THE POLITICAL DR. SEUSS

The Gallery

About Dr. Seuss

Dr. Seuss comments on his career, political cartooning and subversiveness. View video clips and hear actor Edwin Beschler as Dr. Seuss.

Photo of a young Dr. Seuss in a suit jacket, drawing sketches of his characters.
“I began thinking that words and pictures married, might possibly produce a progeny more interesting than either parent.”
Dr. Seuss speaks about
beginning his career

A black-and-white drawing of an eagle-like bird trussed up like a turkey and being served on a platter, wearing a stars-and-stripes “Uncle Sam” hat.
“When I look at them now, they're hurriedly and embarrassing [sic] badly drawn.  And they're full of many snap judgments that every political cartoonist has to make…”
Dr. Seuss discusses
political cartooning

An image of the Cat in the Hat looking cheerful, wearing his trademark red bow tie and red-and-white striped hat.
The Cat in the Hat (1957)
Dr. Seuss Enterprises /
Random House
“I'm subversive as hell!  I've always had a mistrust of adults.”
Dr. Seuss talks about
subversiveness, authors and
The Cat in the Hat

Theodor “Ted” Seuss Geisel was born on March 2, 1904 in Springfield, Massachusetts. His parents, Theodor Robert and Henrietta Seuss Geisel, were were first-generation German Americans, and the family also ran a successful brewing business. Although anti-German sentiments occasionally flared up during World War I, Ted and his sister Marnie experienced fairly idyllic childhoods.

While attending Dartmouth College in the 1920s, Ted Geisel served as editor of the school’s humor magazine Jack-O-Lantern, where he first used the pseudonym “Seuss” to sign his artwork. After graduation, he left for England’s Oxford University, intending to study to be a literature professor. It was at Oxford that he would meet his future wife, a fellow American student named Helen Palmer, and decide to become an artist instead of an academic.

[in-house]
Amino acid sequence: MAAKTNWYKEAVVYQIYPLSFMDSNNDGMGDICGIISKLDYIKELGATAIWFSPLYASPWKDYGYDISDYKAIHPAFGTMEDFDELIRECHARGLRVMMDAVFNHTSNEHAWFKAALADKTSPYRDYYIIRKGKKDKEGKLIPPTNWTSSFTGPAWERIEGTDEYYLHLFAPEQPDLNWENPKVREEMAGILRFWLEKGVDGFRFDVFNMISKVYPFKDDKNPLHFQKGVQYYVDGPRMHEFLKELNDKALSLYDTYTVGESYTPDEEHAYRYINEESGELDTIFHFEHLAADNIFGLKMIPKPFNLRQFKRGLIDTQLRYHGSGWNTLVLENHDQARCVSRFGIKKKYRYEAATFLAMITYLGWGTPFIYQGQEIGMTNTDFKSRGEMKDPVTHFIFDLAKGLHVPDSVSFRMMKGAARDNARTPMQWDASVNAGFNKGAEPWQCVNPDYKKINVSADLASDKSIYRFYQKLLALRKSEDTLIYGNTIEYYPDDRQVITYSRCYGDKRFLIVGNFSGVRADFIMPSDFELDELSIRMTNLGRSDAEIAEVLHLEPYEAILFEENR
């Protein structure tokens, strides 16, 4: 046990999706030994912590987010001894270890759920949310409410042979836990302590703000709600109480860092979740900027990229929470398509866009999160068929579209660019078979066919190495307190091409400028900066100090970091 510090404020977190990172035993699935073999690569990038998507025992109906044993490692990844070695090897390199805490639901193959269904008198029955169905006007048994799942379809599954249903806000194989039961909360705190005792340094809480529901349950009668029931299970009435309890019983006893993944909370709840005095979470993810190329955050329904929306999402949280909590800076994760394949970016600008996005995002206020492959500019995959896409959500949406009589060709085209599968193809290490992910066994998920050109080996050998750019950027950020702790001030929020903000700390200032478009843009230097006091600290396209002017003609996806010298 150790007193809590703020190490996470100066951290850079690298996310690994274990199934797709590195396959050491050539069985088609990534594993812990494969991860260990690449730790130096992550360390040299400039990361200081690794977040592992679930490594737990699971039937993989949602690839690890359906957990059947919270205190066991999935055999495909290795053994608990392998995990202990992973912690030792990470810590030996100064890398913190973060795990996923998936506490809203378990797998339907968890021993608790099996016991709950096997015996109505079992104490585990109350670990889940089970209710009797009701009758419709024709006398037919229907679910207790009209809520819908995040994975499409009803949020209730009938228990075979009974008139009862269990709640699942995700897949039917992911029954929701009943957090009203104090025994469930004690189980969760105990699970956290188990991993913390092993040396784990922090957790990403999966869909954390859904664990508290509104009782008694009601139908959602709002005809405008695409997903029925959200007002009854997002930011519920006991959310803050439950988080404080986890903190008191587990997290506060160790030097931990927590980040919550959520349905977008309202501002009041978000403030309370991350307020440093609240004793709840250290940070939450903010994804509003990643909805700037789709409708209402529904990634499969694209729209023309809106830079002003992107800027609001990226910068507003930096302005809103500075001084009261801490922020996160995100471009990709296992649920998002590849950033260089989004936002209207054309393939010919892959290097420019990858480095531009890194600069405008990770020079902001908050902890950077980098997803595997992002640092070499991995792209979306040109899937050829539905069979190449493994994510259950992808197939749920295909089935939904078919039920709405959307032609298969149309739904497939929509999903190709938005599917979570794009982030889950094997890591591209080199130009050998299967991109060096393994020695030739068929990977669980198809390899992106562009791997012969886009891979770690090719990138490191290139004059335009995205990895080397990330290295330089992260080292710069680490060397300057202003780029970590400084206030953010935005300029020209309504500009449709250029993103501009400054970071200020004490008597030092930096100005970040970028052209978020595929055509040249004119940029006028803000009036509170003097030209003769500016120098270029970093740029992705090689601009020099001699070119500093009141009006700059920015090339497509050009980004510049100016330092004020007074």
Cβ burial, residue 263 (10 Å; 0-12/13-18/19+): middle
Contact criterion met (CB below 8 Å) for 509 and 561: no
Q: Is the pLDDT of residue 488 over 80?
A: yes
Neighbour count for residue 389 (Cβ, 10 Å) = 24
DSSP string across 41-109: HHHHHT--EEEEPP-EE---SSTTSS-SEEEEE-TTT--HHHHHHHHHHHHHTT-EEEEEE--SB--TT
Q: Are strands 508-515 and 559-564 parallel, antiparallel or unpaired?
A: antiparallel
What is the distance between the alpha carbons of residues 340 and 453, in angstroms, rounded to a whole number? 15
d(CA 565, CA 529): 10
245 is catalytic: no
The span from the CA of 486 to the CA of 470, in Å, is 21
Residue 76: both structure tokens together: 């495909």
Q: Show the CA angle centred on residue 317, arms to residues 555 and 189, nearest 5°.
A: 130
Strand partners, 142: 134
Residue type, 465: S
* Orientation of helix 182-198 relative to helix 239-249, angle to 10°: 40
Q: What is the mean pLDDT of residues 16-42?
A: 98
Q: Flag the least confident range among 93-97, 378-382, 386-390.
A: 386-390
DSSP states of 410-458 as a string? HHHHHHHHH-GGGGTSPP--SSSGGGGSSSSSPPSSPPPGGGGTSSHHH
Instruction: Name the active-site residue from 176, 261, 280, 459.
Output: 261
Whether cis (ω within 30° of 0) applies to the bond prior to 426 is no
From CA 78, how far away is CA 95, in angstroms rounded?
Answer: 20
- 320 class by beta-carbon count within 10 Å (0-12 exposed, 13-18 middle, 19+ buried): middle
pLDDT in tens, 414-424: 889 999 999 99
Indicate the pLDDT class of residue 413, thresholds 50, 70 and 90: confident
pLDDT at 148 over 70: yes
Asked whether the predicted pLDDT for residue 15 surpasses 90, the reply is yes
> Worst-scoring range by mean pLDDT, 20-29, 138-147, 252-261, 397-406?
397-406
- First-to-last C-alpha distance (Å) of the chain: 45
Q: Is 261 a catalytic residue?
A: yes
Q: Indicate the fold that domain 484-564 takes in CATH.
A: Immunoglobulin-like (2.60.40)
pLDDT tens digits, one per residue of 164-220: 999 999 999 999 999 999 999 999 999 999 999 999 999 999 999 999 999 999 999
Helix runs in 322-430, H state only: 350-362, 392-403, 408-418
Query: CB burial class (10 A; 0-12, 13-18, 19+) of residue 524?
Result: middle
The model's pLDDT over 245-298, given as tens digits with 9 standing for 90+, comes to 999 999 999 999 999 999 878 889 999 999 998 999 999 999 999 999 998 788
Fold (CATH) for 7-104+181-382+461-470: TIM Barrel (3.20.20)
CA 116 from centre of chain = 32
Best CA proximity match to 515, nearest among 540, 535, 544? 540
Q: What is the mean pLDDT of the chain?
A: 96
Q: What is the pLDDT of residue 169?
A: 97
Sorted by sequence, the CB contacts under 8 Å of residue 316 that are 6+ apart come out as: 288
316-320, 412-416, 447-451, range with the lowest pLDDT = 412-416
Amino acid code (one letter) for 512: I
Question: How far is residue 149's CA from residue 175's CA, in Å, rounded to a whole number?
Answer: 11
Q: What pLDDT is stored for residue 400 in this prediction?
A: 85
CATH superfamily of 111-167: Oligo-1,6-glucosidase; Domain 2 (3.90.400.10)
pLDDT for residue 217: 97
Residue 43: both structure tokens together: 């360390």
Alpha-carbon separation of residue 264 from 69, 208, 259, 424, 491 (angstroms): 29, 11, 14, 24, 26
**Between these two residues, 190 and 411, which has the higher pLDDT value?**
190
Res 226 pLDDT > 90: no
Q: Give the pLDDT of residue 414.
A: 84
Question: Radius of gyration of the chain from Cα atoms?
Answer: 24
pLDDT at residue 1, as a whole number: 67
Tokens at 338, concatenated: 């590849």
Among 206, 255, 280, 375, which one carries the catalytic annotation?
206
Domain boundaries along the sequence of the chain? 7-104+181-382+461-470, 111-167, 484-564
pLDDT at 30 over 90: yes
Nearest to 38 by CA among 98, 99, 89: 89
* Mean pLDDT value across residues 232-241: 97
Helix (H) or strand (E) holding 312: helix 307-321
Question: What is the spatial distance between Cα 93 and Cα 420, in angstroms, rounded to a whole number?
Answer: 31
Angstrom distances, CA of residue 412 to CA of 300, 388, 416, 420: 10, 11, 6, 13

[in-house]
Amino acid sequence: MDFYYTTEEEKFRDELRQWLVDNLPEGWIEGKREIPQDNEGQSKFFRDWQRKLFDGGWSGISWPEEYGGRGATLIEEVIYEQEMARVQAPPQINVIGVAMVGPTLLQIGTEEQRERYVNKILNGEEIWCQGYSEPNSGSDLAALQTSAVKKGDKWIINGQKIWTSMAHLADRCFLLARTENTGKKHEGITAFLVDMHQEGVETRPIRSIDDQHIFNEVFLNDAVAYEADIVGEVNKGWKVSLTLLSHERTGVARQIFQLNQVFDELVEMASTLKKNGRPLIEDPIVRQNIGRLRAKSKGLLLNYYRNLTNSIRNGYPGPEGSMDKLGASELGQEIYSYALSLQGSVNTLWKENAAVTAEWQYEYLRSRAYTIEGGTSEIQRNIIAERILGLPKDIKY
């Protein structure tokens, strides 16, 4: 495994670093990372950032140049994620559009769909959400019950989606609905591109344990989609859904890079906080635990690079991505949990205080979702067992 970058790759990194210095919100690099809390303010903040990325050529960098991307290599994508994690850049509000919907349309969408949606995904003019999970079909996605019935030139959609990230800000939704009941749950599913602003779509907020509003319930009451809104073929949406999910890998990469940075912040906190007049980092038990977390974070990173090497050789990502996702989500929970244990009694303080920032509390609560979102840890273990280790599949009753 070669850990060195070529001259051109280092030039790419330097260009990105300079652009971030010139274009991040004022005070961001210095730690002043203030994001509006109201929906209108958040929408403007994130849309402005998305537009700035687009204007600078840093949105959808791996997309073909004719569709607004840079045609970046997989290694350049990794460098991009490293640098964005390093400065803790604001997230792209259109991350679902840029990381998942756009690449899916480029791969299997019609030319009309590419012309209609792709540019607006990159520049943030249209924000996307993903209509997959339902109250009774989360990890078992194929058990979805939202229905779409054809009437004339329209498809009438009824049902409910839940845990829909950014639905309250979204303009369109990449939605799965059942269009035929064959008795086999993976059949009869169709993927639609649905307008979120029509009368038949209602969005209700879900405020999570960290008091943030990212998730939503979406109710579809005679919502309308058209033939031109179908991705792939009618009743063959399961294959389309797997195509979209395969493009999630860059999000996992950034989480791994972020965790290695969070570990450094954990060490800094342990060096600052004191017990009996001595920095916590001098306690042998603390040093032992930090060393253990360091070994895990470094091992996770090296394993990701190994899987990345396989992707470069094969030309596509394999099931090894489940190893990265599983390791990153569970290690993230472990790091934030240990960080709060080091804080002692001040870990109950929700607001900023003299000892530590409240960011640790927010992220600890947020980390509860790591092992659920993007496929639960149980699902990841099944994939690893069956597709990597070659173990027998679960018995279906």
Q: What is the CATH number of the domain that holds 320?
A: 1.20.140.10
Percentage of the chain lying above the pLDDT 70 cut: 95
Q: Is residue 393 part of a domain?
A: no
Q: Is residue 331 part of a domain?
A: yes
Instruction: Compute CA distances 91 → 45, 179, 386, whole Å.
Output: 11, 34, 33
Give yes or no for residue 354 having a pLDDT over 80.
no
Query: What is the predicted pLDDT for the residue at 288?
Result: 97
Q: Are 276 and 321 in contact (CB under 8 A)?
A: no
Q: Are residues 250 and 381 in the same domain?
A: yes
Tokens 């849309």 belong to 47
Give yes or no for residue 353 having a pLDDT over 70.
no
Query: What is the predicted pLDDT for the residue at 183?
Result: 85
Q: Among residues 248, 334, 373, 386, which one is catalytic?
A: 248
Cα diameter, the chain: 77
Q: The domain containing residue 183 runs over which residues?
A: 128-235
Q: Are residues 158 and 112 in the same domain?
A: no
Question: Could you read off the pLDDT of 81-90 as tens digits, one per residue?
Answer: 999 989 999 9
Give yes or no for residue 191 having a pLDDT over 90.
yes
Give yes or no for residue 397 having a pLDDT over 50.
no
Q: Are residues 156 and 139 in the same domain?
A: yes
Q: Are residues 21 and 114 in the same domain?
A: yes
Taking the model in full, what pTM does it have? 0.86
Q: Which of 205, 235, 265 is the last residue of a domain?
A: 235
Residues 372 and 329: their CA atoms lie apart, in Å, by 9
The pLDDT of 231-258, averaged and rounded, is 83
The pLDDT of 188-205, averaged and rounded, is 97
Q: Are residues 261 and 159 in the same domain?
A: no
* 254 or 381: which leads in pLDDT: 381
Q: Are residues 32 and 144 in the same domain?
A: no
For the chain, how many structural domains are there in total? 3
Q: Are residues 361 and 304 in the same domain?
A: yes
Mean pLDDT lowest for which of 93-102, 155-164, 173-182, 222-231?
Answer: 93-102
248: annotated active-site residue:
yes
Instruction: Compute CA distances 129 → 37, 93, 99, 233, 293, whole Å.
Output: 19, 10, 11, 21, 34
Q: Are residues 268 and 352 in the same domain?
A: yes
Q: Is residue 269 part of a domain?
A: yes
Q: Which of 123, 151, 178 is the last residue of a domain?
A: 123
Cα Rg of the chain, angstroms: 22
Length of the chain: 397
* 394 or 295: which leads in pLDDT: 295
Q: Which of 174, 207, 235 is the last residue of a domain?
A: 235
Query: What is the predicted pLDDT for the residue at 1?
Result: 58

Back in the United States, Helen and Ted married and settled in New York City, where Ted Geisel started his artistic career as a cartoonist for the New York weekly Judge and as an advertising artist for companies such as Standard Oil, for which he developed the ubiquitous ad slogan “Quick, Henry, the Flit!” In 1937, after receiving 27 rejections from 27 different publishers, Geisel published his first children’s book, And to Think That I Saw it on Mulberry Street. During World War II, Geisel contributed regularly to the progressive newspaper PM, denouncing such issues as anti-isolationism through his political cartoons. He also served in Frank Capra’s Signal Corps, making movies for the U.S. Army, including an animated film series featuring the character of “Private Snafu.” In the years following the war, Geisel also helped create the Academy Award-winning documentary Design for Death, seen in THE POLITICAL DR. SEUSS for the first time since its 1947 theatrical release.

In 1957, Geisel published The Cat in the Hat, the children’s primer that made him a household name as an acclaimed author and illustrator who later inspired generations of children with such classics as Horton Hears a Who!, Yertle the Turtle and You’re Only Old Once!

Read more about the history of political cartooning in America >>


Biography Source:

Seussville


Dr. Seuss properties™ Dr. Seuss Enterprises L.P. 1937-1991. All rights reserved.
Copyright Random House, Inc. All rights reserved.
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